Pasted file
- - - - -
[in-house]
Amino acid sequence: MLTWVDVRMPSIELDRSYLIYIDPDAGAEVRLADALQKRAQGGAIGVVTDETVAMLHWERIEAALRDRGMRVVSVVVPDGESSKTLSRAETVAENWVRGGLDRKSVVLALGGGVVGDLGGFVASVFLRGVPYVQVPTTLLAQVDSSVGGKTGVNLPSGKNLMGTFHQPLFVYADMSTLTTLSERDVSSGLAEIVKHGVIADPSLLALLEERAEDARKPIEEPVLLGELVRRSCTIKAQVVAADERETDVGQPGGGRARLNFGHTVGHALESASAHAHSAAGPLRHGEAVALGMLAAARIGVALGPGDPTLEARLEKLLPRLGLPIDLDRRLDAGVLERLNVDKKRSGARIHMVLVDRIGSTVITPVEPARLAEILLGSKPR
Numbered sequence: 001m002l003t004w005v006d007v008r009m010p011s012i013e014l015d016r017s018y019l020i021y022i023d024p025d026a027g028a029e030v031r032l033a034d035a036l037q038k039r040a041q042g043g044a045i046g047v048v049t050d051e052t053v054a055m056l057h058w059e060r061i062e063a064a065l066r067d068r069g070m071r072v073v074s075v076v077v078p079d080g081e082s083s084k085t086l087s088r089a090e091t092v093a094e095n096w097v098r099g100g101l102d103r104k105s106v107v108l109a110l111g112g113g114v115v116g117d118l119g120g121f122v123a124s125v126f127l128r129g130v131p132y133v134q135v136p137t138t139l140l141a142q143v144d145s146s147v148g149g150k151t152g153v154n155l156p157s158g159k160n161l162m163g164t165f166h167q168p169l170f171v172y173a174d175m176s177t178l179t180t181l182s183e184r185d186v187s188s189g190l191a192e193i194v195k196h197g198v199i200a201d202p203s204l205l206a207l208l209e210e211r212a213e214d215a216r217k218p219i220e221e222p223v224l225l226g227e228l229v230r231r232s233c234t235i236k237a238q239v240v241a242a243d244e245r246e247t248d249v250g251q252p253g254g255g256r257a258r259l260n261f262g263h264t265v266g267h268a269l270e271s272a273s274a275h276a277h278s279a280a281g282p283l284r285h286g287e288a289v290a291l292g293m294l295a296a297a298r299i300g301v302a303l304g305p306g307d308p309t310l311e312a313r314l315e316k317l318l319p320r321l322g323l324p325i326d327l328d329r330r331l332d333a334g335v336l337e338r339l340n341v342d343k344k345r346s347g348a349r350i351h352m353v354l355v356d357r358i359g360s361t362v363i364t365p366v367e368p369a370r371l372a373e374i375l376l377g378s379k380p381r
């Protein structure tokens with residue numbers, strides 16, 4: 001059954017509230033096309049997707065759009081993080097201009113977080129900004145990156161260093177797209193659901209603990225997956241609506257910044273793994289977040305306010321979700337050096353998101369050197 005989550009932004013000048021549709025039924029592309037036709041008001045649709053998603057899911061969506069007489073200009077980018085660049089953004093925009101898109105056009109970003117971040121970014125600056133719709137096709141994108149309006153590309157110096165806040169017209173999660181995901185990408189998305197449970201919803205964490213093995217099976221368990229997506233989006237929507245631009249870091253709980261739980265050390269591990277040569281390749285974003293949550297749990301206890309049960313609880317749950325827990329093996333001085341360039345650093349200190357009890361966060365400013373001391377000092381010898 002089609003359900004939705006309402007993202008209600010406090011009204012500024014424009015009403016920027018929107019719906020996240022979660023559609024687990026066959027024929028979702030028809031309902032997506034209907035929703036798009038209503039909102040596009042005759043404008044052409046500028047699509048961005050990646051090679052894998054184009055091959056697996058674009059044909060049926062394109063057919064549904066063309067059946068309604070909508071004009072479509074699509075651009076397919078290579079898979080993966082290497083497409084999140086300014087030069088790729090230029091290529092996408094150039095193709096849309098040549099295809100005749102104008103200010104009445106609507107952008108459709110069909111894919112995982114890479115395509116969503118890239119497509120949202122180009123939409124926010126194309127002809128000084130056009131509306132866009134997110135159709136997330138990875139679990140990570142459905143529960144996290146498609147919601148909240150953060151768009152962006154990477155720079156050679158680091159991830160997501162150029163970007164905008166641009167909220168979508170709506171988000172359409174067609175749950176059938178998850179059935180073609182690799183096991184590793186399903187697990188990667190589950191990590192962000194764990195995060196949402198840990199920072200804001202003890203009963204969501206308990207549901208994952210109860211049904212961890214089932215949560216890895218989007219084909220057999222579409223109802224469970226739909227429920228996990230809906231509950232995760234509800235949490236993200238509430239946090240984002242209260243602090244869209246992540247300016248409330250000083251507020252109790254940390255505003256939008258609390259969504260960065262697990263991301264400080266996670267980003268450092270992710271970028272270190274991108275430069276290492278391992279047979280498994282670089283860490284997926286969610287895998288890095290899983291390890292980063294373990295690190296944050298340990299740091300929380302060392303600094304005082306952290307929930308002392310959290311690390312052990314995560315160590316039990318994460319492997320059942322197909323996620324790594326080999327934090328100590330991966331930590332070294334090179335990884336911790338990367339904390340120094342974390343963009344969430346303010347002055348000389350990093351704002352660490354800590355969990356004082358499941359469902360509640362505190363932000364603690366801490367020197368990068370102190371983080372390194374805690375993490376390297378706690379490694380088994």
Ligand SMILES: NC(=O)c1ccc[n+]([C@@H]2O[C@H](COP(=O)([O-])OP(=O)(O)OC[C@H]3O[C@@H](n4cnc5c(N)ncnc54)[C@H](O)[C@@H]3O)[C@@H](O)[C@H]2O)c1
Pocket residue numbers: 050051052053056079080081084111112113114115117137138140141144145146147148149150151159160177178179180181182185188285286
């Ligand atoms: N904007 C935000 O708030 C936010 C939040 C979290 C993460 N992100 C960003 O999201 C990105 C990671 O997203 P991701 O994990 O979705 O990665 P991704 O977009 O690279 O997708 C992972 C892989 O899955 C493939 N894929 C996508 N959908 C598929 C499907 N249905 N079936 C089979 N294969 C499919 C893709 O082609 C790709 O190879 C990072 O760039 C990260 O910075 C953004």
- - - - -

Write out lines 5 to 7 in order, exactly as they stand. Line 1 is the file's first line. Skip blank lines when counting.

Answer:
Ligand SMILES: NC(=O)c1ccc[n+]([C@@H]2O[C@H](COP(=O)([O-])OP(=O)(O)OC[C@H]3O[C@@H](n4cnc5c(N)ncnc54)[C@H](O)[C@@H]3O)[C@@H](O)[C@H]2O)c1
Pocket residue numbers: 050051052053056079080081084111112113114115117137138140141144145146147148149150151159160177178179180181182185188285286
């Ligand atoms: N904007 C935000 O708030 C936010 C939040 C979290 C993460 N992100 C960003 O999201 C990105 C990671 O997203 P991701 O994990 O979705 O990665 P991704 O977009 O690279 O997708 C992972 C892989 O899955 C493939 N894929 C996508 N959908 C598929 C499907 N249905 N079936 C089979 N294969 C499919 C893709 O082609 C790709 O190879 C990072 O760039 C990260 O910075 C953004």